Including Frequent Emergency Department Users With Severe Alcohol Use Disorders in Research: Assessing Capacity
STUDY OBJECTIVE: Frequent emergency department (ED) users with severe alcohol use disorders are often excluded from research, in part because assessing capacity to provide consent is challenging. We aim to assess the feasibility of using the University of California, San Diego Brief Assessment of Capacity to Consent, a 5-minute, easy-to-use, validated instrument, to screen for capacity to consent for research in frequent ED users with severe alcohol use disorders. METHODS: We prospectively enrolled a convenience sample of 20 adults to assess their capacity to provide consent for participation in 30-minute mixed-methods interviews using the 10-question University of California, San Diego Brief Assessment of Capacity to Consent. Participants were identified through an administrative database, had greater than 4 annual ED visits for 2 years, and had severe alcohol use disorders. The study was conducted with institutional review board approval from March to July 2013 in an urban, public, university ED receiving approximately 120,000 visits per year. Blood alcohol concentration and demographic data were extracted from the medical record. RESULTS: We completed assessments for 19 of 20 participants. One was removed because of agitation. Sixteen of 19 participants passed each question and were deemed capable of providing informed consent. Interventions to improve understanding (prompting and material review) were required for 15 of 19 participants. The mean duration to describe the study and perform the assessment was 10.4 minutes (SD 3 minutes). The mean blood alcohol concentration was 211.5 mg/dL (SD 137.4 mg/dL). The 3 patients unable to demonstrate capacity had blood alcohol concentrations of 226 and 348 mg/dL, with 1 not obtained. CONCLUSION: This pilot study supports the feasibility of using the University of California, San Diego Brief Assessment of Capacity to Consent to assess capacity of frequent ED users with severe alcohol use disorders to participate in research. Blood alcohol concentration was not correlated with capacity.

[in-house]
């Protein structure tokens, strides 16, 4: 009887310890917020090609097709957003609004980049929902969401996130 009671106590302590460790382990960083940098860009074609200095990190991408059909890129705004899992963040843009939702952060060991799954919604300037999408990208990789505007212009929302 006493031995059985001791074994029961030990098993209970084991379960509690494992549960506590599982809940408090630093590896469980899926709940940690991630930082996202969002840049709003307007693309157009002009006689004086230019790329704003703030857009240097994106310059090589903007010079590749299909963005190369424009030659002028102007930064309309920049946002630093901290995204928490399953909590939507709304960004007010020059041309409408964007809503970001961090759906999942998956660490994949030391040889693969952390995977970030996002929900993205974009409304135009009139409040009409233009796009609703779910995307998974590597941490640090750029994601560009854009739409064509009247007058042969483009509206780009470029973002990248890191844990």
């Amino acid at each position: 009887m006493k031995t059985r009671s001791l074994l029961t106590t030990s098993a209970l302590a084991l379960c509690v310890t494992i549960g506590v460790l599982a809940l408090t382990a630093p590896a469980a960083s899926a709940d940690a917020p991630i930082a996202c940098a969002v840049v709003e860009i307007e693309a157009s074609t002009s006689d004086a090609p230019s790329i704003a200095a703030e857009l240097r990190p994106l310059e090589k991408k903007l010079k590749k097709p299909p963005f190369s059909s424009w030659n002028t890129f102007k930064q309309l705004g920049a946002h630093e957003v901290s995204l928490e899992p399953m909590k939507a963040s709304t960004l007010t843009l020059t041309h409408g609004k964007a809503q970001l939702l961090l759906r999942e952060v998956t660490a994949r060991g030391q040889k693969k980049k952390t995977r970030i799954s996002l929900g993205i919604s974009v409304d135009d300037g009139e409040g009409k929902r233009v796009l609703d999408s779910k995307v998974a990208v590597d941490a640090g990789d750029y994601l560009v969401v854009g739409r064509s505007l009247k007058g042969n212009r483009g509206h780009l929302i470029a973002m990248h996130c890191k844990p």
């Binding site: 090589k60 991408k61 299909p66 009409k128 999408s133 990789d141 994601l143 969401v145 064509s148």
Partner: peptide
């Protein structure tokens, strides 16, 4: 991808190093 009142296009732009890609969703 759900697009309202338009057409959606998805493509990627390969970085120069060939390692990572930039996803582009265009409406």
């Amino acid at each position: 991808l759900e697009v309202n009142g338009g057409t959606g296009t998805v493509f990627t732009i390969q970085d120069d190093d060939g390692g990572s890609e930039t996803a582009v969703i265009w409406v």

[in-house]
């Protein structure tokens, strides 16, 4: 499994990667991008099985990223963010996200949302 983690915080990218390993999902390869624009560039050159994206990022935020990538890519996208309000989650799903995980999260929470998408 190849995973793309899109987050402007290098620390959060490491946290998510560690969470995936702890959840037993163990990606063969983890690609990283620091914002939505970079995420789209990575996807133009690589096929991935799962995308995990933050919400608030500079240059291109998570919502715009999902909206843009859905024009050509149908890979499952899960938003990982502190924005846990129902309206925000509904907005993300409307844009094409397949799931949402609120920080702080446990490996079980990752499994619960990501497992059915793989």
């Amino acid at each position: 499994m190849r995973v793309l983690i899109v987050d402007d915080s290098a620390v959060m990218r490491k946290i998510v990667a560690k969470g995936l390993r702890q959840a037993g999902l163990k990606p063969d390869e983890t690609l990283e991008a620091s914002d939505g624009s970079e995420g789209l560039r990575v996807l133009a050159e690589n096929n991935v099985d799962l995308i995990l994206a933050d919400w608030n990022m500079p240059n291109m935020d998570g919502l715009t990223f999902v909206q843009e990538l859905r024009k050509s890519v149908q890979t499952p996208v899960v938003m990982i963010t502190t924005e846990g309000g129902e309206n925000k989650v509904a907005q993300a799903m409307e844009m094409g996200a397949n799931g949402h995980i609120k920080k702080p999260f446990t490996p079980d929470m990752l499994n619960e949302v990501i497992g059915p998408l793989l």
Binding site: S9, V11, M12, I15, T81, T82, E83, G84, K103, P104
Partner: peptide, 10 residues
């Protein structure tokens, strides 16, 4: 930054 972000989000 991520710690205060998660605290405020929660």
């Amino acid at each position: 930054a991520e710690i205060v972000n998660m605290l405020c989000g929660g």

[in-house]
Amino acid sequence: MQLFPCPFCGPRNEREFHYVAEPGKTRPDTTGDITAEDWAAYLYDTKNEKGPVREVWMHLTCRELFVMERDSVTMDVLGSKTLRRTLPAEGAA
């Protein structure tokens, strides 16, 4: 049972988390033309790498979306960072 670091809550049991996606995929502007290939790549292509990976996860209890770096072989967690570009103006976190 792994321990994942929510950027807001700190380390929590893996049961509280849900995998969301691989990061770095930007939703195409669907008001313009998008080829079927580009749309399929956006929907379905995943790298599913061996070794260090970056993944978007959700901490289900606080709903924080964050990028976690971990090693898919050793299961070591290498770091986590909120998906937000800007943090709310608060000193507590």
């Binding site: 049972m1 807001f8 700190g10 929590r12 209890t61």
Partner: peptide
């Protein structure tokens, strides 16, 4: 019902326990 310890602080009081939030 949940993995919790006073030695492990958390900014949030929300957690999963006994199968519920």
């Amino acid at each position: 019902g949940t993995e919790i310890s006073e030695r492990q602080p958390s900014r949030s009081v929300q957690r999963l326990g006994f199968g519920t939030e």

Self-Perception of HIV Risk and Candidacy for Pre-Exposure Prophylaxis Among Men Who Have Sex with Men Testing for HIV at Commercial Sex Venues in New York City
The purpose of this study was to evaluate the ability of men who have sex with men (MSM) testing for HIV at commercial sex venues to assess the following: their candidacy for pre-exposure chemoprophylaxis (PrEP) as defined by meeting entry criteria for the iPrEx (Iniciativa Profilaxis Pre-Exposicion) phase III clinical trial of PrEP, and their perception of their own HIV risk and candidacy for PrEP. Interviewers surveyed 629 MSM at three NYC commercial sex venues from June 2011 through June 2012. Questions focused on demographics, sexual activity, and drug use in the three months prior to testing, as well as perceived risk of HIV acquisition and perceived candidacy for PrEP use. Data were analyzed by Chi square and Fisher's exact test. Results show that a majority of clients (80.3%) met entry criteria for the iPrEX. Most of these men (78.0%), however, did not perceive their risk to be significant enough to warrant PrEP use (P=.000). Factors were identified which associated with a risk perception that correlated with eligibility for iPrEX.
The immortality of Ms Jones
When I began my medical student clinical rotations, I quickly became overwhelmed by feelings of inadequacy. While the doctors around me conjured appropriate diagnoses and treatment approaches, I fumbled with the only tools I possessed: my time and a smile. It was only when I met the patient Ms Jones that I came to understand the potential impact of these simple tools. My encouragement became part of her recovery process. She gave me the confidence to construct this ability of comforting patients into a small platform of confidence from which I could safely venture to educate patients or suggest treatments to residents. It could be something that I could reliably fall back on in times of doubt and something I could pass along to other people I met.